Stay in Your Tents

The protest transfered the center of power from the politicians to the public, and that public is speaking now - for perhaps the first time - in terms of individual and society rather than in terms of state and army.

Just two weeks old, and the list of the protest's accomplishments is long. But it could still end in tears or, at worst, with nothing. It has more than a few enemies and its future is vague, but nonetheless one must nod in admiration. This protest has already created a shift in priorities, if only briefly. If it endures, it will become a revolution.

The public debate has risen from its torpor. There is talk and there is an agenda - new phenomena in our universe. There are young people who will not be bought off with idle promises. To paraphrase Shlomo Artzi, suddenly a people wakes in the morning and feels itself to be a person, very many persons, and begins to walk. The protest transfered the center of power from the politicians to the public, and that public is speaking now - for perhaps the first time - in terms of individual and society rather than in terms of state and army.

Do not trivialize this. The protest has also transfered the focus of strength from domineering minority groups to the previously silent majority. Now the talk is of concern for the majority, not for an extortionist minority. The "State of Tel Aviv" has resumed its deserved central, values-rich position. Suddenly there are values on Sheinkin Street, not only at Mercaz Harav Yeshiva. In an instant, the protest nipped in the bud the dangerous, growing trend of idolizing the wealthy.

This protest came just in time: Just as the enemies of democracies rose up to destroy it, this absolute expression of democracy blossomed. More than all the opinion pieces and the High Court of Justice petitions, perhaps, these tent cities will remind the politicians that we have a people, a society - not just party primaries.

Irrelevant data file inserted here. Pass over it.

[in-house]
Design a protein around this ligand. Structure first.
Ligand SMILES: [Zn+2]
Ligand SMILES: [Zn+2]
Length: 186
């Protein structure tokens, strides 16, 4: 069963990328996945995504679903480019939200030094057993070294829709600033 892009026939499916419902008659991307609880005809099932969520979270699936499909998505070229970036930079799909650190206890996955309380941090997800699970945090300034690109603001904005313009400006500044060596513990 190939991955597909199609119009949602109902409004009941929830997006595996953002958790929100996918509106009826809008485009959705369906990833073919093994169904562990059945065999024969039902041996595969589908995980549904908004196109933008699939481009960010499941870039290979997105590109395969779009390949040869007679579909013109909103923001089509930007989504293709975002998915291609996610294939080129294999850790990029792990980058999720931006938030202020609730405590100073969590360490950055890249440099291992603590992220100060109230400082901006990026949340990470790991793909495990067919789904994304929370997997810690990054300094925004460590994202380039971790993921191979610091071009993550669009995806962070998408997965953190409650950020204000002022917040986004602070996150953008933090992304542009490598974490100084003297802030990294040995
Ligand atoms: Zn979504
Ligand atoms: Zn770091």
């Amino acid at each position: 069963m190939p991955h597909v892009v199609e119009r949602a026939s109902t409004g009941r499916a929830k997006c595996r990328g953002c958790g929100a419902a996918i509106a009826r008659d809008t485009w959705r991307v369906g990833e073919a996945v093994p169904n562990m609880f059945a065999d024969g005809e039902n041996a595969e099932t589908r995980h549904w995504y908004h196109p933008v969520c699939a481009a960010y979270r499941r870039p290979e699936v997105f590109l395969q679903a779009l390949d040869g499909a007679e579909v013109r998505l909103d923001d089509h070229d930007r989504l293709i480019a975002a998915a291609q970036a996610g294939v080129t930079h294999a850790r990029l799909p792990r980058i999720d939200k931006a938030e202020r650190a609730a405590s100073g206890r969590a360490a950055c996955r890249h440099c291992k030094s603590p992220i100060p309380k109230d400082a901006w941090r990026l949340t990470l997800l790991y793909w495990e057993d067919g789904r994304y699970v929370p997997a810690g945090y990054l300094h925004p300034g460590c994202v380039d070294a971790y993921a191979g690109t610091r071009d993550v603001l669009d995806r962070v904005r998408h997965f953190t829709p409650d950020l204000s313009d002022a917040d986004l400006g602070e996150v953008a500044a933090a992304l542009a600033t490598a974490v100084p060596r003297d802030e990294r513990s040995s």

Perhaps the politicians themselves will change. They will sweat much more before every cynical decision they take, fearing the public response. The social-welfare advocates will join the fray, those who for years were mocked by the arrogant, overweening hawks and statesmen. The Kahlons are coming to power. Who is Ehud Barak now? Who is Tzipi Livni? This protest may yet birth a new political movement that will not resemble its predecessors. The big promise may be being built now. This protest has not yet peaked, it is certainly far from dying; it is already shaking, rattling and rolling.

It has many enemies who are just waiting for the misstep, who cannot wait to see it fall. Chief among them, of course, is the prime minister. His throne, and the entire political system, are wobbling because those bastards changed the rules. Slinging mud at the protest, proposing empty solutions, heating up the conflict with the Palestinians and the security issue, all these are ploys for the survival of Benjamin Netanyahu and his government.

The families that control Israel's economy are also among the enemies, for obvious reasons. As are the right and the settlers. Someone stole the show from them, someone could yet steal their birthright. Who knows, maybe the tough questions about them, the ones the protesters have not yet dared to ask, will come up. Perhaps the military establishment will also join the covert enemies of the protest: The protest could yet take on some of those sacred cows. And let's not forget the more cynical and conservative of the commentators - the ones who have already "seen it all" and who "know everything." Some of them do not believe in any change and some of them serve their employers, the tycoons. Even if some of them are riding the crest of the wave, they will be the first to jump off if it weakens.

The protesters must be warned of all these threats. They passed their first test when they refused to buy Netanyahu's trinkets. But the big tests are still to come. The public's warm embrace will gradually be replaced by criticism. They must not be panicked by this. They must wait with stubborn patience for the whole pot: not just rent reduction, but changes to the entire political and social system. Until that happens, not a single tent should be struck, not a single flag taken down. Dear friends, even if only some of the gains are maintained, you have already made history. So stay in your tents (and take to the streets ). The next opportunity won't come for another generation.